The image of Our Lady of Caysasay is said to have been found in 1603 by a fisherman in the nearby Pansipit River. It’s small and rather rustically carven: one eye is a bit bigger than the other. Its discovery sparked a series of alleged Marian apparitions.
Caysasay Church is connected to the main plaza (where the basilica stands) by the hagdan-hagdan, or the Steps of San Lorenzo Ruiz. It’s a rather wide and picturesque 125-step granite staircase.
Flashback 1754. “It began to rain mud and ashes at Caysasay (19km from the volcano) and this rain lasted three days. The most terrifying circumstance was that the whole sky was shrouded in such darkness that we could not have seen the hand placed before the face, had it not been for the sinister glare of incessant lightning.”Fr. Buencuchillo, O.S.A.
While the old people attended the tail end of a Mass, CJ led us maybe a third of the way up the steps, and then unexpectedly stepped over the balustrade on the left side. A small path led us to a very old, and hauntingly pretty, coral stone arch that stands over twin wells. This was the Well of Sta. Lucia, believed to be miraculous, because connected with many of the reported apparitions of long ago.
Our grandparents mispronounced the town’s name a few times, saying “Casay-casay” instead of Caysasay. It turns out it was the Spaniards who mispronounced the word a long time ago — the kasay-kasay is a type of kingfisher, a bird endemic to the Philippines. In the 1600s, two girls reported finding the carven image of the Lady standing gravely on a sampaguita bush before the well, reflected in the water. It was illuminated by two candles and guarded by a small flock of kasay-kasay. True or not, that is quite frankly a real horror-movie image in my book.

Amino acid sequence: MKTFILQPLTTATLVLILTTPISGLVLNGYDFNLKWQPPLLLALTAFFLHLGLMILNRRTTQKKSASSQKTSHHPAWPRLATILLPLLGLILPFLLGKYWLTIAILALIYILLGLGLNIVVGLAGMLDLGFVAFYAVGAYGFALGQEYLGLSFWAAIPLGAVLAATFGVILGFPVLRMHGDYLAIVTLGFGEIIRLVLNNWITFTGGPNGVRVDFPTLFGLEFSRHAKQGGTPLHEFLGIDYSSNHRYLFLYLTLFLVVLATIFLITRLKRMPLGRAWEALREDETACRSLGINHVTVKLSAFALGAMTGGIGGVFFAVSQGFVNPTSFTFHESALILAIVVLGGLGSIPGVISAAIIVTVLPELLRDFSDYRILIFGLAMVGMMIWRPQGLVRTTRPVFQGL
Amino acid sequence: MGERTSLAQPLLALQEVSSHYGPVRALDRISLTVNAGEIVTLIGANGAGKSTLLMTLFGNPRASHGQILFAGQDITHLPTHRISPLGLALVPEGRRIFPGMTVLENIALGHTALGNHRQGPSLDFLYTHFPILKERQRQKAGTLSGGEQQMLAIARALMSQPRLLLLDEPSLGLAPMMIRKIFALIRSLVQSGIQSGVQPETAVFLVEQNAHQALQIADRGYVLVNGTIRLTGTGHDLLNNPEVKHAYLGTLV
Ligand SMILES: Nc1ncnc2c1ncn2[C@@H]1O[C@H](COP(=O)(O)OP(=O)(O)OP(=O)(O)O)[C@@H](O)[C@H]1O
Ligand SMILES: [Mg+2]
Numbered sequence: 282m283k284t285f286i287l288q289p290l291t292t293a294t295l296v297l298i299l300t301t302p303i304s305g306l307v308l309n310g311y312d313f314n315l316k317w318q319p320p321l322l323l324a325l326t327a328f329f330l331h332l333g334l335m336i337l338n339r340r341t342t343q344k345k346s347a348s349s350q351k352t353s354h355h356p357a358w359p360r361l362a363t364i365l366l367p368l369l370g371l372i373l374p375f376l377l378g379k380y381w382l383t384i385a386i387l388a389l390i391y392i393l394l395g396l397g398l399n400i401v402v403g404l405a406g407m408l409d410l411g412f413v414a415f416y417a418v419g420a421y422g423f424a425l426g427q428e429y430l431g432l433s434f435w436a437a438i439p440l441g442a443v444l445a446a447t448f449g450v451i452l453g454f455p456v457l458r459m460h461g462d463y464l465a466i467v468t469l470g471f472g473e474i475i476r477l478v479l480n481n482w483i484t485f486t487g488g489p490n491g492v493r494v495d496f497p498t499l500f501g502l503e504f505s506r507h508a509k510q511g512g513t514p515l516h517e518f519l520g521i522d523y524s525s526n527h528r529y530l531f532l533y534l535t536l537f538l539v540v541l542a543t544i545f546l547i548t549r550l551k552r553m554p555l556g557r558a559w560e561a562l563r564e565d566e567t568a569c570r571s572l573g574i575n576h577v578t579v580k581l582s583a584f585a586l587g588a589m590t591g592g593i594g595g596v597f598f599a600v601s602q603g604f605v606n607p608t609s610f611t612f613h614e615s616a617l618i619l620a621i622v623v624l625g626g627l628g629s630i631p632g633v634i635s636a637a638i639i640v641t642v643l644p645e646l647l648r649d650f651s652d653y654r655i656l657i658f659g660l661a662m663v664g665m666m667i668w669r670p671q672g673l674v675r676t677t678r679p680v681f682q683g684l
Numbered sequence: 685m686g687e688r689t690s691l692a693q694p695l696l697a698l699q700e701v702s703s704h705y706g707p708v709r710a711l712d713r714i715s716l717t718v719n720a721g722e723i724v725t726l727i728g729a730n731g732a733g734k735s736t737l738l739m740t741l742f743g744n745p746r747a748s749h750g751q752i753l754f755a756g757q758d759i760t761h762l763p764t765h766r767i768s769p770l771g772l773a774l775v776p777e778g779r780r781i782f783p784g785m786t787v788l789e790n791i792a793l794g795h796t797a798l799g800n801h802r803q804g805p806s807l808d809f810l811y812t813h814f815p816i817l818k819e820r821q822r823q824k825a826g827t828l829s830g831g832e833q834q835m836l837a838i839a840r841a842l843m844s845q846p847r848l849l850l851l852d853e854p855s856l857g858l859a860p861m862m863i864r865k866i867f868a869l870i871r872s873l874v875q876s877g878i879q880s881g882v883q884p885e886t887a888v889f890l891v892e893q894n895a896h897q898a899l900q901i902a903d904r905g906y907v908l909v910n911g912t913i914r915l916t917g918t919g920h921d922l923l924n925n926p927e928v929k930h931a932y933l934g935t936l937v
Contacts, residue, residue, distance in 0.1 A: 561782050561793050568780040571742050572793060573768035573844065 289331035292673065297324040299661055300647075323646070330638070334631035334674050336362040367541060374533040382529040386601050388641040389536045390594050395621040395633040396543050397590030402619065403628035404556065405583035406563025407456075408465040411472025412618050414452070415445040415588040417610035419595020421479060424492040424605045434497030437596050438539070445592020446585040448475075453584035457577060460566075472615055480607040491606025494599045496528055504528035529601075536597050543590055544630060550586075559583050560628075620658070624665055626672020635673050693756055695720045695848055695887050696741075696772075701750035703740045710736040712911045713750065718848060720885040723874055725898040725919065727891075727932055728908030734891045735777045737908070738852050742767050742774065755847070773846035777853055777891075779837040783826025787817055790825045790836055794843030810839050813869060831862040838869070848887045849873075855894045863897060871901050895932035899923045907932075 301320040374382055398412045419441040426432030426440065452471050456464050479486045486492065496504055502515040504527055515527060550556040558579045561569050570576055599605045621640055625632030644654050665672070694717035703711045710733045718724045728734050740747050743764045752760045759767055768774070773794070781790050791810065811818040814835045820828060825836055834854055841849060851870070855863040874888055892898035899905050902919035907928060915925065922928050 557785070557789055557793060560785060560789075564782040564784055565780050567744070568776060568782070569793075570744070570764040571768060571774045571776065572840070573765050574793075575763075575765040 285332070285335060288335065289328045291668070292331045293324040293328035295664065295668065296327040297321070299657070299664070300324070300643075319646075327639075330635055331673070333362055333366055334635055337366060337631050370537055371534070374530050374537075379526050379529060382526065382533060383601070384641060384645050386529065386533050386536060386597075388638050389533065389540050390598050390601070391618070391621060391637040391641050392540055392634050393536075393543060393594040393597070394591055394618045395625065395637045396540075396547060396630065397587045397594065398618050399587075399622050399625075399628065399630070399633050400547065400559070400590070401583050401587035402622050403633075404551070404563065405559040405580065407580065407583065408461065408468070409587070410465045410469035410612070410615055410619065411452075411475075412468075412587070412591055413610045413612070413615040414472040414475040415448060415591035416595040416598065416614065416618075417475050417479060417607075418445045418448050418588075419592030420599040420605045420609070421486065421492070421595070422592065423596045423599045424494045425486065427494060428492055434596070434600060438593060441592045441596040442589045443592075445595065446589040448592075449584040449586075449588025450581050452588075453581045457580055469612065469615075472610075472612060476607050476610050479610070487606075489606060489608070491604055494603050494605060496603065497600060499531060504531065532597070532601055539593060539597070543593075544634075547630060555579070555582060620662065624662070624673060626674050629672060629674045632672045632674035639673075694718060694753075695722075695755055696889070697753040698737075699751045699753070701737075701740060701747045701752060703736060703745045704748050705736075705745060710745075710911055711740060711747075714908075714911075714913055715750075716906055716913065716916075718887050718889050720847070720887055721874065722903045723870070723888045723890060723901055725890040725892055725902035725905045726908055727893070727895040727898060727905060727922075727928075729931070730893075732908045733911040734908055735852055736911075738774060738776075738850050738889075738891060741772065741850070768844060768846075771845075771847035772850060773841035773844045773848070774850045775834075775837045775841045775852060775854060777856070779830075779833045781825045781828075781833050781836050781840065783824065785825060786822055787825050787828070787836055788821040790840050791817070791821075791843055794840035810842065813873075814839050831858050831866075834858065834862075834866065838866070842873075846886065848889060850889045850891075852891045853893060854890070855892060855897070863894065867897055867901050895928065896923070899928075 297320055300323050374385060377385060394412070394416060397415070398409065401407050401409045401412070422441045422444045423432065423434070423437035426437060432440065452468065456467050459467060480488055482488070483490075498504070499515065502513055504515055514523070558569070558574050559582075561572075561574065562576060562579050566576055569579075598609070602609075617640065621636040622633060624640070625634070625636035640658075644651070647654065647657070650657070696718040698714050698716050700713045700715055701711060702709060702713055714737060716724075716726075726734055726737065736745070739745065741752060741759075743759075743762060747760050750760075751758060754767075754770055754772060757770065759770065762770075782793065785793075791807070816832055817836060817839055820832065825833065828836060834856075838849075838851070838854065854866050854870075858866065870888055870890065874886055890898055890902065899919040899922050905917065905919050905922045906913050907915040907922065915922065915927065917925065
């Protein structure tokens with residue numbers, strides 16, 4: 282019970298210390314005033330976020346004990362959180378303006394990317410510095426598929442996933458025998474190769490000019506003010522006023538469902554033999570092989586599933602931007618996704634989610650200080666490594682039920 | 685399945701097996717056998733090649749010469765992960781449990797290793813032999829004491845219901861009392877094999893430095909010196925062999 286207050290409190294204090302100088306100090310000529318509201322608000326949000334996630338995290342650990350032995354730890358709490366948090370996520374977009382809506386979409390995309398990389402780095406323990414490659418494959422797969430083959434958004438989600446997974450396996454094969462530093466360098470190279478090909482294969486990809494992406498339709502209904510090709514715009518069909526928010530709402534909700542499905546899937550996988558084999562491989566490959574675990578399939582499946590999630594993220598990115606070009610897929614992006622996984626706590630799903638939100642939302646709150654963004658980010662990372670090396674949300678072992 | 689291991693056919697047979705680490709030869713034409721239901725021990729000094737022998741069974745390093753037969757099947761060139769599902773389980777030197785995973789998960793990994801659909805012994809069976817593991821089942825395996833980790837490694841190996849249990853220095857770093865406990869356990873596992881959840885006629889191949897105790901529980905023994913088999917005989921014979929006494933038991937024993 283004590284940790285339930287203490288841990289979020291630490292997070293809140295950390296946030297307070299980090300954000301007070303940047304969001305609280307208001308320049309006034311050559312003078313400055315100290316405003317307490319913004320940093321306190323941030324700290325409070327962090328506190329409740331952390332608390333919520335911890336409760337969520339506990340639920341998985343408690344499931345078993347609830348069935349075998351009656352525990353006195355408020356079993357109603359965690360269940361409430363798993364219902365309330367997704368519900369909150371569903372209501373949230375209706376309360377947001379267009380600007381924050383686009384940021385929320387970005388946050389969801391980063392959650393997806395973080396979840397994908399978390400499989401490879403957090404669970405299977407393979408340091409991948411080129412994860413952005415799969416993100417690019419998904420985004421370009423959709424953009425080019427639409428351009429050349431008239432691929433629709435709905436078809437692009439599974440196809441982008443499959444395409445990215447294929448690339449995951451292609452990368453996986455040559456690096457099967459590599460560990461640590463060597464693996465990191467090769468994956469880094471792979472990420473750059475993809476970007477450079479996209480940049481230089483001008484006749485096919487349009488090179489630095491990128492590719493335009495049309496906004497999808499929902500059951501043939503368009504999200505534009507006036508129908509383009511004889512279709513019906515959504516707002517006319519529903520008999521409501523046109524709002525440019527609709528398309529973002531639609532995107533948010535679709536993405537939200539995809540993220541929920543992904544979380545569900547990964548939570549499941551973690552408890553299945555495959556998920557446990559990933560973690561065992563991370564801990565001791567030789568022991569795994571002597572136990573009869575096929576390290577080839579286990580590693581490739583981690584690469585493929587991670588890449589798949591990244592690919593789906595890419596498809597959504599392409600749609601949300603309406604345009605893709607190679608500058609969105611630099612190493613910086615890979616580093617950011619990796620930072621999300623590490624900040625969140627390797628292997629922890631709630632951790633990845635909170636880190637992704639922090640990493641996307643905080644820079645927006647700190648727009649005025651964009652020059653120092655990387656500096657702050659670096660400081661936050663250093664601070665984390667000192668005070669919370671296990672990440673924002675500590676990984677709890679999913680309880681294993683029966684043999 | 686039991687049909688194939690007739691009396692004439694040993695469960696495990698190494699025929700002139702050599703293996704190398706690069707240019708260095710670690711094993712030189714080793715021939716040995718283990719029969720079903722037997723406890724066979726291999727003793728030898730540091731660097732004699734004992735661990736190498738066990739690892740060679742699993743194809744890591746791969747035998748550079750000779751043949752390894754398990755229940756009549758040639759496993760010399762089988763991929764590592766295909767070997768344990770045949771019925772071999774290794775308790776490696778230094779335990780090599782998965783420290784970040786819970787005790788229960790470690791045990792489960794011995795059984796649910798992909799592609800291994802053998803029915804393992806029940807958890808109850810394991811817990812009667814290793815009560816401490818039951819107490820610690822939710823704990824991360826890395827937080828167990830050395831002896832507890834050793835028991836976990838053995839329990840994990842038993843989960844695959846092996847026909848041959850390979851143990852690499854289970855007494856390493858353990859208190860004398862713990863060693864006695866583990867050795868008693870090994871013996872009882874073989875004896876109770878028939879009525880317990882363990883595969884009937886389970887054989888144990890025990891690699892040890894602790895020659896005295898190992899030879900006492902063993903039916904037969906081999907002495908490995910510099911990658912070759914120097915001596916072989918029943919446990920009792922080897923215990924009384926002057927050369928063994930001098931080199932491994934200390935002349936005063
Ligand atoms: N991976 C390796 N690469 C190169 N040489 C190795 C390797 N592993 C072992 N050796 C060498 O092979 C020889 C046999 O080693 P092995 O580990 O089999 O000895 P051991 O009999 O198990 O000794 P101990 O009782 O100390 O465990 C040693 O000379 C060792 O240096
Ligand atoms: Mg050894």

Interestingly, there are other Marian images associated with water and attributed with miracles, such as the Virgin of Antipolo, or Our Lady of Peace and Good Voyage. The Filipino-Chinese of that bygone era tended to share these devotions because they considered these Marias to be avatars of the sea goddess Mazu.
Both churches are obviously aged, and in slight need of repair, but are graceful and venerable even so. Really, there are some elements of design that age very well.
We had an absolutely satisfying boodle fight lunch at Don Juan Boodle House, complete with Taal delicacies like yellow adobo. This was followed with brewed barako coffee (which is a must when in Batangas). While we explored the wet market for empanada, cacao tablea, and sinaing na tulingan, Lola B. window-shopped for some embroidered piña clothing, but it was a bit expensive. However, the designs and quality are beautiful and worth the price — you just had to be ready to shop.
On the way out of the town, I bought a balisong and a hunting knife. We’re saving the museums and the heritage houses for another day.
The town’s interest is due to the abundance of both cultural and natural history, and the way they have blended to form a unique identity. Taal was created by friars and by lava and ashfall, and instead of being obliterated by the confusion, it thrives and proudly wears the glitter of centuries. ★